At the other end of the spectrum, some people respond to sexual trauma with highly increased and sometimes risky sexual interaction. While this may be the other end of the spectrum in terms of action, the action is still being driven by negative beliefs about self. In this case, it likely sounds like, "I'm only valued for my body." We all need to feel valued, so this puts people in a difficult spot.
Taking Your Life Back With EMDR Therapy
There are several trauma therapies out there, but the most efficacious and evidenced based practice is EMDR, or Eye Movement Desensitization and Reprocessing. EMDR uses eye movements to activate our brain's natural processing systems work through trauma in the safe environment of a therapy session. EMDR was originally developed using eye movements (hence the name), but these days therapists can also use sounds and physical stimulation to create the same effect. It's all up to your preference. What this bi-lateral stimulation does is connect up your trauma memories to the processing part of your brain, allowing you to actively process trauma and finally move past it. The amazing thing about EMDR is that once you've gotten through processing, it's done.
Memories don't unprocess themselves. Once you're through processing, you'll work with your therapist to install new positive beliefs about yourself in place of the negative ones, and plan for how you might deal with triggering situations in the future so you can move forward in life feeling confident that you can take back your sex life, or just your life in general!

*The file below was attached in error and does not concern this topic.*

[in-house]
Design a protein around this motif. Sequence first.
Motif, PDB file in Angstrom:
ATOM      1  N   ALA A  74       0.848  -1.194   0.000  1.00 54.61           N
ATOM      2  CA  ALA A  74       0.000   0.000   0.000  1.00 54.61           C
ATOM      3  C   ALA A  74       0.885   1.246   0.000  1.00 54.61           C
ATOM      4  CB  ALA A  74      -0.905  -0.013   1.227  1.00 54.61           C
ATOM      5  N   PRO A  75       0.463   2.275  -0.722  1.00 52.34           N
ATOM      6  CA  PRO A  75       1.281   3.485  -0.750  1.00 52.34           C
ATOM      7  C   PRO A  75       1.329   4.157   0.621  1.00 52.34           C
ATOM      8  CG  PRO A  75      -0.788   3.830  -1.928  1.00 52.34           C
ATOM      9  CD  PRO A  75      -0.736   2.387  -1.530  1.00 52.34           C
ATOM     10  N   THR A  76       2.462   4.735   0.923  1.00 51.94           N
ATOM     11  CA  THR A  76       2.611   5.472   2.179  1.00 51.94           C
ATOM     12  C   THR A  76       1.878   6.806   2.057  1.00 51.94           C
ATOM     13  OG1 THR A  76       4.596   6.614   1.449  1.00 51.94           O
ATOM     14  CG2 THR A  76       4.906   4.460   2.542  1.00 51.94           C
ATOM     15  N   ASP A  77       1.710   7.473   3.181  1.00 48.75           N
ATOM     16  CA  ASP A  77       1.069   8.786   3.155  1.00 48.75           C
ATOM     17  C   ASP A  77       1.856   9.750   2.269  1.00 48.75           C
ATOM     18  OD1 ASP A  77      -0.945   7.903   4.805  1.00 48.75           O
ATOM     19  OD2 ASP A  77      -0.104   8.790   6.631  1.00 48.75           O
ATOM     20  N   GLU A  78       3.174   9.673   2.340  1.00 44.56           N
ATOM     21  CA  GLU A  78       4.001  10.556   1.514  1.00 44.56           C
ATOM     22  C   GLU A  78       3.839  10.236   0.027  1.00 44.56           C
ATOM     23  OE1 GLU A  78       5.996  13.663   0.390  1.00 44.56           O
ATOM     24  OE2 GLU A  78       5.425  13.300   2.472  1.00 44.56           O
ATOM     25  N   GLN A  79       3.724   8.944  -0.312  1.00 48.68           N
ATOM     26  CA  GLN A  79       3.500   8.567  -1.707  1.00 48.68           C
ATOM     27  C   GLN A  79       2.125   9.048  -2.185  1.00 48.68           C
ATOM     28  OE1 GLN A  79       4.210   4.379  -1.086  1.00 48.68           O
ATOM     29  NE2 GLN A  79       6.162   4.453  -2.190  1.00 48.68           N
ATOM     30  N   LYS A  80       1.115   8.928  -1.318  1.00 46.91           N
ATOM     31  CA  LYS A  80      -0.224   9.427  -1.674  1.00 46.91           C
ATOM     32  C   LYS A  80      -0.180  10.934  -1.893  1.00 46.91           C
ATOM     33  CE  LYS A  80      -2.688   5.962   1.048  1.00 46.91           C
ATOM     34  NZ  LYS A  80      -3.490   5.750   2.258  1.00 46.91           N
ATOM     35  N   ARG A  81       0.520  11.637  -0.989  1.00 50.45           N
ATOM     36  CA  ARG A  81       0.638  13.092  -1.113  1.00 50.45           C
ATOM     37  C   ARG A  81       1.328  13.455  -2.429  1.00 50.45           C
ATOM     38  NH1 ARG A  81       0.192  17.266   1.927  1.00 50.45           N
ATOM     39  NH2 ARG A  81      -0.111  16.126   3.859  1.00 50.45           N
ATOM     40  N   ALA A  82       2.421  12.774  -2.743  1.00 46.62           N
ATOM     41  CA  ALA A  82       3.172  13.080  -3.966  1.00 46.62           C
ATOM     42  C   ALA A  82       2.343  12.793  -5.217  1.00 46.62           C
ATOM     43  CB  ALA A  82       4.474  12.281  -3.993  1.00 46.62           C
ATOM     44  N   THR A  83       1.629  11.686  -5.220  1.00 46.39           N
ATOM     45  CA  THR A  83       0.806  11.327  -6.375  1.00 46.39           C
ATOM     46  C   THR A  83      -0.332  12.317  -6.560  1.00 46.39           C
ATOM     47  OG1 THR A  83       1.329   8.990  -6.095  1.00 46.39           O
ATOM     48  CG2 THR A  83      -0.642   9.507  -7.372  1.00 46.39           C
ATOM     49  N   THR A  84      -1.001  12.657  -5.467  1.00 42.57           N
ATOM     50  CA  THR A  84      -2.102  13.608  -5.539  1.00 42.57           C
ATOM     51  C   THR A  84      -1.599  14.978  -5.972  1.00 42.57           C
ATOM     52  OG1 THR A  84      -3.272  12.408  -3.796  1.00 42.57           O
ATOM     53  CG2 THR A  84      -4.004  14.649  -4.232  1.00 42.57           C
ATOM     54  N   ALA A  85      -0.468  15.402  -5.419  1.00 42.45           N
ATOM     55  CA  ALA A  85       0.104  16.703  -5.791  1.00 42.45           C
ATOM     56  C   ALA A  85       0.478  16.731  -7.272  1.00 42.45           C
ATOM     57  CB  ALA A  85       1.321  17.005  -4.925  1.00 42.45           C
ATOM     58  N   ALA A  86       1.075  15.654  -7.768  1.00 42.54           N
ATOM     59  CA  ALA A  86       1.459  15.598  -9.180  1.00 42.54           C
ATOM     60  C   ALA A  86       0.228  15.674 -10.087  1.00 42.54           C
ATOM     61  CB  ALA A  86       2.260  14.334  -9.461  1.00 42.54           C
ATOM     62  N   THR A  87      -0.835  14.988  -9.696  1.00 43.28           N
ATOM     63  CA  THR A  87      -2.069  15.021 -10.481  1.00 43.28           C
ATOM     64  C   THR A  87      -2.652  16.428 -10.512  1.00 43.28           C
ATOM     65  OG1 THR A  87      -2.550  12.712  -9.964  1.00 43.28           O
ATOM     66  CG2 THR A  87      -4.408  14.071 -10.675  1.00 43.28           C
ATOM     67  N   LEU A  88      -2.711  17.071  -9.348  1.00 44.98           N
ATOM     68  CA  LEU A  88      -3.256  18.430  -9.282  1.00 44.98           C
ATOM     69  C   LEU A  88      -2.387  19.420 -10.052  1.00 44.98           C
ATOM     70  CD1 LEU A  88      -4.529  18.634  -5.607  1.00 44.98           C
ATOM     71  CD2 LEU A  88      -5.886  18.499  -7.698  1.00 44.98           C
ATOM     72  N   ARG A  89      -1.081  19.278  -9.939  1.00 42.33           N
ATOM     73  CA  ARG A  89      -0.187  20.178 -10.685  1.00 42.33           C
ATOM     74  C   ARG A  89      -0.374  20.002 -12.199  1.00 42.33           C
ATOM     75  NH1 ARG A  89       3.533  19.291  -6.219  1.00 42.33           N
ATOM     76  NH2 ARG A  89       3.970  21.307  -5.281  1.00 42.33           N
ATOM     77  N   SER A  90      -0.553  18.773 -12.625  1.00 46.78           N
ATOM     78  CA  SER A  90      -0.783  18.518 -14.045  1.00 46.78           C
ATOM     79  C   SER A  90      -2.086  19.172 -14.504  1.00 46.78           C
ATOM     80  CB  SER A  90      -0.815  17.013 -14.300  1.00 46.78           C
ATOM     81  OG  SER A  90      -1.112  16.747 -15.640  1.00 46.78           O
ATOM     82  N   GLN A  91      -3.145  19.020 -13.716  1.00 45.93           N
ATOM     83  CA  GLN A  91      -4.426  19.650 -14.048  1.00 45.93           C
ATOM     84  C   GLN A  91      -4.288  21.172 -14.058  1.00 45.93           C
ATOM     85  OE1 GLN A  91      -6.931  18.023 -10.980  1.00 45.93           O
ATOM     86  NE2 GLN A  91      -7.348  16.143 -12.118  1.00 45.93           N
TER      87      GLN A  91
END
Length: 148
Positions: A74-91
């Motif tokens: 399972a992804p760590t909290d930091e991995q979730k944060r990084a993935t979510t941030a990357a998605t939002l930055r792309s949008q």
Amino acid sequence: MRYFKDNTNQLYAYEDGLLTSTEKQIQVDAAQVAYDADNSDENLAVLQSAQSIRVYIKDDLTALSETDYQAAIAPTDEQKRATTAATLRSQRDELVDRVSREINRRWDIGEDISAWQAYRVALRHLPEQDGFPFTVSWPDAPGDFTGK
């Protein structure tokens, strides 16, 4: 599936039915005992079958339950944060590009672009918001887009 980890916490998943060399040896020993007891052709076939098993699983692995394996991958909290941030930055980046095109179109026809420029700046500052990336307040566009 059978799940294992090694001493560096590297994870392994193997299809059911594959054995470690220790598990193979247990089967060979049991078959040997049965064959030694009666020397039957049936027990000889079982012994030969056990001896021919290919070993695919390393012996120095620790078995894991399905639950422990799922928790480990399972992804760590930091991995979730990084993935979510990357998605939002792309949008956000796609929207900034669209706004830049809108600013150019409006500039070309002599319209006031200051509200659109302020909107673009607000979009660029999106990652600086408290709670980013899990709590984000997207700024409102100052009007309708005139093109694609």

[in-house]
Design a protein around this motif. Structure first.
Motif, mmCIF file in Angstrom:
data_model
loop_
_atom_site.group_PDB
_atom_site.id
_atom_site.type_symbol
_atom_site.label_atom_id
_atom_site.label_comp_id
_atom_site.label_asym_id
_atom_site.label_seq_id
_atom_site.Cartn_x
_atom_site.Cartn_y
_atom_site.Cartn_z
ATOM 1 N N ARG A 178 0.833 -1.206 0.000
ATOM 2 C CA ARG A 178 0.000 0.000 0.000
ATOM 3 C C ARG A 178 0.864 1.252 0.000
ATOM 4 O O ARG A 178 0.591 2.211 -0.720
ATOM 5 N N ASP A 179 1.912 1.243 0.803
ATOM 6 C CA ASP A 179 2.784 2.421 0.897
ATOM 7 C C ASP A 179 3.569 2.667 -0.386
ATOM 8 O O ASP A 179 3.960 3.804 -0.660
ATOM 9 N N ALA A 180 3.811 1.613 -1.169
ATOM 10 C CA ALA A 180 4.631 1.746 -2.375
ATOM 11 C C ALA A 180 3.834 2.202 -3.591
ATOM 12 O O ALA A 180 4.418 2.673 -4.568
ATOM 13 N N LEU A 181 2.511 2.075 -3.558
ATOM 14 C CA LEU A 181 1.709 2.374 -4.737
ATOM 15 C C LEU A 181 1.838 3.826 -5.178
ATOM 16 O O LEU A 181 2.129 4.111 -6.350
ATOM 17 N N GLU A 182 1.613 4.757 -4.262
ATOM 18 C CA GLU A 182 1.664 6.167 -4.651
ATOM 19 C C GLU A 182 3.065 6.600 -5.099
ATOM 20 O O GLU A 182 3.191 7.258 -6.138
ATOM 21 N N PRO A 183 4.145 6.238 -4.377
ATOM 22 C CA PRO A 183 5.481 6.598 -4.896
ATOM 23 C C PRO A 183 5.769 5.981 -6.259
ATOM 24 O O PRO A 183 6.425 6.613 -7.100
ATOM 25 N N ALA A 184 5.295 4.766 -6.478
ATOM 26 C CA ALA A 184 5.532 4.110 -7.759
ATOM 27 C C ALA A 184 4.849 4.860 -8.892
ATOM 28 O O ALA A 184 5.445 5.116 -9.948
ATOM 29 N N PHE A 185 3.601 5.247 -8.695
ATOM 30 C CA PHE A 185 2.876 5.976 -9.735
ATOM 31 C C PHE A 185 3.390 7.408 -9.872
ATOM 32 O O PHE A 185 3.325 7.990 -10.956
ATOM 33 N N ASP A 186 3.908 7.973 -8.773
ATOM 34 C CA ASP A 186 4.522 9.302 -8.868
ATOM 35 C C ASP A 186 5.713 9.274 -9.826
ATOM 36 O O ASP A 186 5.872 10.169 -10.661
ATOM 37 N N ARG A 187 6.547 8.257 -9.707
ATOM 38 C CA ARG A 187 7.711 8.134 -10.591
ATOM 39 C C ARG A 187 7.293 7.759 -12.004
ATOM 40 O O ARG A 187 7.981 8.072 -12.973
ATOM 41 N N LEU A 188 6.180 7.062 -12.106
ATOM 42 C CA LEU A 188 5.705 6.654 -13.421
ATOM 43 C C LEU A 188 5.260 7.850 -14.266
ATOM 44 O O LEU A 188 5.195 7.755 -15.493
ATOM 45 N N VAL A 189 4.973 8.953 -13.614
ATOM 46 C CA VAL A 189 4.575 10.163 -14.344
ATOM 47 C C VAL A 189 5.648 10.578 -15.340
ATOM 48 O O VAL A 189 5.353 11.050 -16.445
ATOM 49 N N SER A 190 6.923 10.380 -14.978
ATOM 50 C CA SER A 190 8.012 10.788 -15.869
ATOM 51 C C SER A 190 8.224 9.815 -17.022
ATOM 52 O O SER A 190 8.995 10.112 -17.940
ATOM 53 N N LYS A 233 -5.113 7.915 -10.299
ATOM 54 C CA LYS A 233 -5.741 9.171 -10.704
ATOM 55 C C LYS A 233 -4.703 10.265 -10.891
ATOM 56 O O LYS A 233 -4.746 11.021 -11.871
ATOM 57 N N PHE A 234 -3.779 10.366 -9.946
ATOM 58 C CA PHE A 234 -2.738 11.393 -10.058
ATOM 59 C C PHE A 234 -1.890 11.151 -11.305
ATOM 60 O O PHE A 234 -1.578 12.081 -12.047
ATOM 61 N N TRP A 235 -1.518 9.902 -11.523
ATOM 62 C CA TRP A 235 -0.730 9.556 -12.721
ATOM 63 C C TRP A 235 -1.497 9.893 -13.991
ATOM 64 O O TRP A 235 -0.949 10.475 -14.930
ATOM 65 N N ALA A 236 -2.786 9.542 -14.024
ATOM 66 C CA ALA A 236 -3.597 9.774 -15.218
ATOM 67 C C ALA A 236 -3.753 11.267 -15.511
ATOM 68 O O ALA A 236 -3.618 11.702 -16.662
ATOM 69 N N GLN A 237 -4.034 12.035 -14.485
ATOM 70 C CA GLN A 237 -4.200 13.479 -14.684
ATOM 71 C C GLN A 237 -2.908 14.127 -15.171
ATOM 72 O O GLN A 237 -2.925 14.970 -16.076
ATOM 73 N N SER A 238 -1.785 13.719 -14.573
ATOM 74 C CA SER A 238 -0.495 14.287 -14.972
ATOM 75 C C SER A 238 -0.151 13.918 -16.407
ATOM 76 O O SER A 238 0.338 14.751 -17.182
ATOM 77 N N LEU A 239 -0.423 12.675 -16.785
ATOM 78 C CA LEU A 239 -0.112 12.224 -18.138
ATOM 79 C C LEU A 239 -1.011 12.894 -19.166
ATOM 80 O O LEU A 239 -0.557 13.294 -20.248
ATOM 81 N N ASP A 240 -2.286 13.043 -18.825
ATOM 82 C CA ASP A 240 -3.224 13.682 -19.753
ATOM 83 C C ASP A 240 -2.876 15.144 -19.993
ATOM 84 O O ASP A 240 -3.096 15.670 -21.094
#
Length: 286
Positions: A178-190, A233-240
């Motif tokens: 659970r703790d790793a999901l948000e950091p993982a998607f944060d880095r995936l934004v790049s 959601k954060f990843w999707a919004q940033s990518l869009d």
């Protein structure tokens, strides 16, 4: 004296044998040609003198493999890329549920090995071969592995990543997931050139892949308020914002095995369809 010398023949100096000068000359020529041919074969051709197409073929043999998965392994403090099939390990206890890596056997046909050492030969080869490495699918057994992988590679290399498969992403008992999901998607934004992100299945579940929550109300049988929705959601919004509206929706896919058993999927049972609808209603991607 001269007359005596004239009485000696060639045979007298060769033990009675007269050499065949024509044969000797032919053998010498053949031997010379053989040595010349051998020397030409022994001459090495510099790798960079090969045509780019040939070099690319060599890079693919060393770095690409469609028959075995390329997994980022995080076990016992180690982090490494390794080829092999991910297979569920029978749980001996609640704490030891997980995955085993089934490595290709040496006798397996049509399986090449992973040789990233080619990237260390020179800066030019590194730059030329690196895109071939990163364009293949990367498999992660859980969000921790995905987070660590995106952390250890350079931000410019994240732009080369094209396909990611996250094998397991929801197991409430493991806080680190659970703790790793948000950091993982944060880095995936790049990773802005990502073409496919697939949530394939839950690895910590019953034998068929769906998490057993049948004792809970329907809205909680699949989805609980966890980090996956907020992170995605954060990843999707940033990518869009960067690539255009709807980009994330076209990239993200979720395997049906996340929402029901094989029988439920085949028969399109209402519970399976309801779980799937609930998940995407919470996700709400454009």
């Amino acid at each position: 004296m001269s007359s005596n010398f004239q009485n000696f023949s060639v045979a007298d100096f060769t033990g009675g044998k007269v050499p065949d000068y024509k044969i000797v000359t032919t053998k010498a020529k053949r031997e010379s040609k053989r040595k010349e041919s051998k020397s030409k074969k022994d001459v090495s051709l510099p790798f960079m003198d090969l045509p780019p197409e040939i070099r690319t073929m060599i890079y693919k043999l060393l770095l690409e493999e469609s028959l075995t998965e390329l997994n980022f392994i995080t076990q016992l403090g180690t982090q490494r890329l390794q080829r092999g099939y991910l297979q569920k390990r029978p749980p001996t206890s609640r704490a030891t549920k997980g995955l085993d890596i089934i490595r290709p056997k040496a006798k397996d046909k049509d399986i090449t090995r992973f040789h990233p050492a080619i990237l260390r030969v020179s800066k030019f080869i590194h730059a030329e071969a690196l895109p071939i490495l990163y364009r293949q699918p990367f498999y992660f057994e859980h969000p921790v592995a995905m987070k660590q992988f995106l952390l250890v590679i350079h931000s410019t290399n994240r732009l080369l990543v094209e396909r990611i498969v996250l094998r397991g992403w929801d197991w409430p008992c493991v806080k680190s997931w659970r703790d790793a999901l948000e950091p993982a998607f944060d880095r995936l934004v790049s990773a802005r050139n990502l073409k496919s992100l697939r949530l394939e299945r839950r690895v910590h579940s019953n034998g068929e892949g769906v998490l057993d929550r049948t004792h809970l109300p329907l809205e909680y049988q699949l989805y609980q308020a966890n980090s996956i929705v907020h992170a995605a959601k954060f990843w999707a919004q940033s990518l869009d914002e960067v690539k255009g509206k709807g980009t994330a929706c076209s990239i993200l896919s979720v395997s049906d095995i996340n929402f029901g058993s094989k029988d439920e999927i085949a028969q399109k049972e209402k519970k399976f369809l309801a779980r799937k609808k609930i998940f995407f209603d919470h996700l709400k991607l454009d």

These positive beliefs might sound like:
I have many clients contact me during our COVID-19 lockdown stating that they really want to do EMDR but thought that they would be unable to, due to therapists operating through telehealth. I can say that our therapists are happy to engage in electronic EMDR with you and technology has provided several ways to make that happen. If working through your trauma and taking back your sex life sounds like a positive, there's no better time than the present!
Considering EMDR for Sexual Trauma Therapy in Plymouth, MN?
EMDR for sexual trauma might be a good fit for you. Our sex therapists want to help you address sexual concerns here in Plymouth, or anywhere in the state with online therapy in Minnesota. Get started by following these simple steps:
Other Mental Health Services in Minnesota
In addition to sex therapy, our LGBT & polyamory friendly sex therapists provide a wide range of mental health services at our Plymouth, MN counseling office. Other services include couples therapy & marriage counseling, EFT, evidence-based couples therapy, EMDR & sexual trauma therapy, as well as, teen therapy. In order to help serve the mental health needs of all those living in Minnesota, we also offer online counseling & sex therapy. We also provide a variety of helpful tips on our mental health blog. Please feel free to reach out with questions, or if you would like to schedule an appointment to begin working with a skilled sex therapist! Your sex life can be amazing. Sex therapy can be a part of that process for you.